15 Oct The Atlas Moth – a beauty in the garden
Despite living in Thailand full-time since early 2009, and part-time for several years before that, I never tire of the place. Especially not Chiang Mai, the delightful, historic city in northern Thailand that I have made my home.
At 6.30am this morning I was out biking the lower hills of the Doi Suthep National Park (past Ratchapruek Park and back along the Samoeng Road for those who know the area), and the white misty mountain clouds were floating over Wat Doi Kham. Absolutely enchanting and timeless.
Then back home, while devouring my much-anticipated breakfast of ham and eggs, my wife calls me to the garden – “and bring your camera!” she says.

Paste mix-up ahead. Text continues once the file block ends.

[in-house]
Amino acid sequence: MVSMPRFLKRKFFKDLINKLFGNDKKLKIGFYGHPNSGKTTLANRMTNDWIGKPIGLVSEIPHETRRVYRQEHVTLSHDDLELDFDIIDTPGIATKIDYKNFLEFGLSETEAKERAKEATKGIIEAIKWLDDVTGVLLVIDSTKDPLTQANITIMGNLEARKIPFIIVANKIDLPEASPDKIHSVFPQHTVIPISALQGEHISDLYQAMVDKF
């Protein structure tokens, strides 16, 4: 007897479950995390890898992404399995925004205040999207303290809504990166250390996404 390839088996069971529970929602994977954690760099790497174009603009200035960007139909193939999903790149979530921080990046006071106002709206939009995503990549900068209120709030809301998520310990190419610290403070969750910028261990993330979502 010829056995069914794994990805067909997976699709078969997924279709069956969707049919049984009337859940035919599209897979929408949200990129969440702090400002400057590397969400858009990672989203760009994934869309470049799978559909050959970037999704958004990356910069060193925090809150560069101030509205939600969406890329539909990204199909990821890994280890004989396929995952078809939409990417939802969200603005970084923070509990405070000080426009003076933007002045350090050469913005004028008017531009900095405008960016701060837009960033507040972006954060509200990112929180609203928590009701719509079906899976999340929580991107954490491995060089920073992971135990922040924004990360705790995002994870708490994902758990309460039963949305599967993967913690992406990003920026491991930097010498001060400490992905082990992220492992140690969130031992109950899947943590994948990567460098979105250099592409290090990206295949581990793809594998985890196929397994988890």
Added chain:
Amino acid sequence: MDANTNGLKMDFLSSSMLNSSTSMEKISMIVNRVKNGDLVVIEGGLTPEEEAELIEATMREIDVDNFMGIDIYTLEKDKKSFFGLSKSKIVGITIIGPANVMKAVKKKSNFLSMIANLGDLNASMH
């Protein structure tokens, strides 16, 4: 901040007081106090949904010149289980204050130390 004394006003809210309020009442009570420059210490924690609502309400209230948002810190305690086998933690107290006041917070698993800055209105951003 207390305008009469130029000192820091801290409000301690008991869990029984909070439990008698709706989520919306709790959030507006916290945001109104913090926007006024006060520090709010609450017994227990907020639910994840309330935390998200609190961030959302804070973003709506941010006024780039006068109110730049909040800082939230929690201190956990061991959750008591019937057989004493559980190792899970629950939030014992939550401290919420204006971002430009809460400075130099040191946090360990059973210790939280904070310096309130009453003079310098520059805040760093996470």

It was worth interrupting my breakfast to capture these pictures.
An amazing Atlas Moth (also known as the Snake’s Head Moth) had fluttered into our garden overnight. And there it was, this majestic creature, peacefully soaking up the early morning sun while resting on the branch of a palm tree.
Money cannot buy these moments.
Some Interesting Facts about the Atlas Moth (Attacus atlas)
- Largest moth in the world (the one in my garden had at least 10 inches wingspan – a female).
- ‘Snake Head’ refers to the wing tips which look like a snake’s head.
- They have no mouths – survive on the fat in their body.
- Life span of no more than two weeks.
- The Atlas Moth produces silk
- They mate then die (such is life).